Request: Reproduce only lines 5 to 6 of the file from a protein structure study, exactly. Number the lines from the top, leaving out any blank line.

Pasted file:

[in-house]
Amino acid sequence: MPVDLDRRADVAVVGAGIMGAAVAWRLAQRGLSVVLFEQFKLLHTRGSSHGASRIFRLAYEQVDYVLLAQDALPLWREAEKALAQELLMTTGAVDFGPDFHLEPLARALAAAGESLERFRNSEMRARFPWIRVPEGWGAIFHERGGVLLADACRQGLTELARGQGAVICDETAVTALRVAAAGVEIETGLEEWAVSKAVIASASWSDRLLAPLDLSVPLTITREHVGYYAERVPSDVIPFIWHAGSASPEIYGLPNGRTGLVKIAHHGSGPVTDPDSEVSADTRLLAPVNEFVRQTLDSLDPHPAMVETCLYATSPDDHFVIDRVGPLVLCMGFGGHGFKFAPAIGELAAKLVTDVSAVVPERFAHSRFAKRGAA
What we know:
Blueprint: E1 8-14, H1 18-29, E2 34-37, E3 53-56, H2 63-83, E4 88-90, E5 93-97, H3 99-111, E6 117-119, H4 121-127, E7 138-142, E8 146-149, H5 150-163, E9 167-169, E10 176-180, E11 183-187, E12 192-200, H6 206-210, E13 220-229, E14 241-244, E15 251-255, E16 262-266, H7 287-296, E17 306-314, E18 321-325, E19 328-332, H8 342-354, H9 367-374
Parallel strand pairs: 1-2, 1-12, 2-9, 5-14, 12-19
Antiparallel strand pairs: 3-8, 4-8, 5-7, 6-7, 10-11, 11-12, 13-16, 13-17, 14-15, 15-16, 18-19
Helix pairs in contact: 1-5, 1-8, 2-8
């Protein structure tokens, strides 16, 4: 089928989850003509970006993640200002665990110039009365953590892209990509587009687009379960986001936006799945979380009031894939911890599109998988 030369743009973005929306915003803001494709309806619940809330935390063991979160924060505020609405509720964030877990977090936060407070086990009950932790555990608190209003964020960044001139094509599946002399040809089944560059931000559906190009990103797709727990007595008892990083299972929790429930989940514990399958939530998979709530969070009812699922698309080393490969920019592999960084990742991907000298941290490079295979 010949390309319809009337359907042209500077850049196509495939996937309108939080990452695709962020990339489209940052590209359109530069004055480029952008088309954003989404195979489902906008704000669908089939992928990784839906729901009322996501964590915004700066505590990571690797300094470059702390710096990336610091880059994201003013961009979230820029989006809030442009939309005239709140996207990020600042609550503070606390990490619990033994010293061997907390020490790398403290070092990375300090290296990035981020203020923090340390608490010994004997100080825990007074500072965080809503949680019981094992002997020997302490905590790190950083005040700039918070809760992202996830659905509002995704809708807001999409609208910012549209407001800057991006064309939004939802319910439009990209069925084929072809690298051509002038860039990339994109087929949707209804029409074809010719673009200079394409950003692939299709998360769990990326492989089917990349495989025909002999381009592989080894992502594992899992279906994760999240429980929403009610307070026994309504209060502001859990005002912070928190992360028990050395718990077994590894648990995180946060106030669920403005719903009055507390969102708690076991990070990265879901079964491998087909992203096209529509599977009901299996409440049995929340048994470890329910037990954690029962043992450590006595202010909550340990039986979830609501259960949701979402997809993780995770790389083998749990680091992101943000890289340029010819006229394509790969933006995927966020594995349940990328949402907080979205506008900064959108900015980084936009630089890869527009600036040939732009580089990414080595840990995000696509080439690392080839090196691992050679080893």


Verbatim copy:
Parallel strand pairs: 1-2, 1-12, 2-9, 5-14, 12-19
Antiparallel strand pairs: 3-8, 4-8, 5-7, 6-7, 10-11, 11-12, 13-16, 13-17, 14-15, 15-16, 18-19